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Creating Change through Dialogue: Balancing the Polarities of Power and Love

By: Nancy Southern | 15 Jul | 1 comment

 


Adam Kahane’s powerful, 2010 book Power and Love: The Theory and Practice of Social Change brings together two theories and practices that I believe will inform the work we need to do now and in the future to address the critical needs of human existence in the 21st century and beyond.   This work centers around addressing the systemic and relational problems that limit our ability to live in harmony with each other and with nature. 

Many people recognize today that we are facing failure in our social, governmental, organizational, and natural systems.  While transformative change is occurring in many places, we sit on the edge of catastrophic events that can immediately and radically change the world we live in.  President Obama must feel this way as he attempts to use the dynamic of power and love to influence the U.S. Congress to raise the debt ceiling.  While everyone knows there is no choice in this decision, our governmental system which many would say has served us fairly well for over 200 years, was based on the assumption that dialogue and negation could influence  good decision making. 

Yet, relationships of mutual respect and trust are needed for dialogue to support the creation of a field of mutual learning and influence.  The flow of dialogue is based on a good balance of inquiry and advocacy, much in the same way Kahane speaks about the balance of power as the desire—or will to achieve one’s purpose—and love—the urge to unite with others. I often talk about the center of that balance being our desire to seek, to understand, and to share our understanding.  

When we enter into dialogue from a place of understanding rather than knowing, I believe we are more open to  listening with a willingness to be influenced.  It is a place where care or love supports our openness to different perspectives and enables us to learn from others.  When we enter into relationships and conversations from a place of knowing, I think we are more likely going to focus on influencing, or convincing others that our perspective or position is right.  We are operating from a place of power which may or may not be well balancing with love.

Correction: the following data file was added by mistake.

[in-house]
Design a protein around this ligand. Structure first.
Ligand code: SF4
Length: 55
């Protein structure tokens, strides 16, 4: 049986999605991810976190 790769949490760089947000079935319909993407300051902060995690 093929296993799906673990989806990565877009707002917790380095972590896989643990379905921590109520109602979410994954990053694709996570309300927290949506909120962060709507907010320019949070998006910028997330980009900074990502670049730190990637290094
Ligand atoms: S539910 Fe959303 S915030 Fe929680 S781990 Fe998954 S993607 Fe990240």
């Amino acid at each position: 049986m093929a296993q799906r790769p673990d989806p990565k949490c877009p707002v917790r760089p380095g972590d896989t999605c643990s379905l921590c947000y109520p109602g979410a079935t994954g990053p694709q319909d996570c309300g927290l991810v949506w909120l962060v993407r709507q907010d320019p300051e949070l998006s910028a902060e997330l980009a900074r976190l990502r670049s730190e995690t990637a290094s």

We are living with many polarities in our lives and we cannot necessarily assume that what worked in the past, or seemed right given different conditions, will work or be the right decision for the present or future. There are no easy answers to the challenging and complex problems we face today. There is much to learn and that learning will come through how we engage with each other, bringing our values and passions together with our curiosity and willingness to learn. 

Kahane’s book is filled with powerful stories of engagement that shifted from power and love being out of balance to seeking the right balance of these polarities and transforming human systems.  The tension that resides between the polarities of power and love should be embraced rather than avoided. Some questions that might guide one’s path forward in being part of this change area:

What do I deeply care about and how am I taking action in support of that?

What do I need to learn to further my understanding of what is needed?

How am I engaging with others in ways that support learning and mutual influence? 

How can we bring our power and love together to create needed change?

Read other posts by Nancy Southern

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Comments and Discussions

re: Creating Change through Dialogue: Balancing the Polarities o

Nancy, I love this book, and agree with you about how powerful it is. I particularly appreciate Kahane's notion, following on Martin Luther King, Jr., that love without power is anemic and power without love is oppressive (I forget what the actual word was he used). I was also struck about Kahane's transparency in the difficult learning he did about those moments where he failed to exemplify love and power in heathy partnership. I appreciate you application of this to dialogue from a place of understanding and learning rather than knowing; and, also for offering these questions as touchstones for my own life and work.

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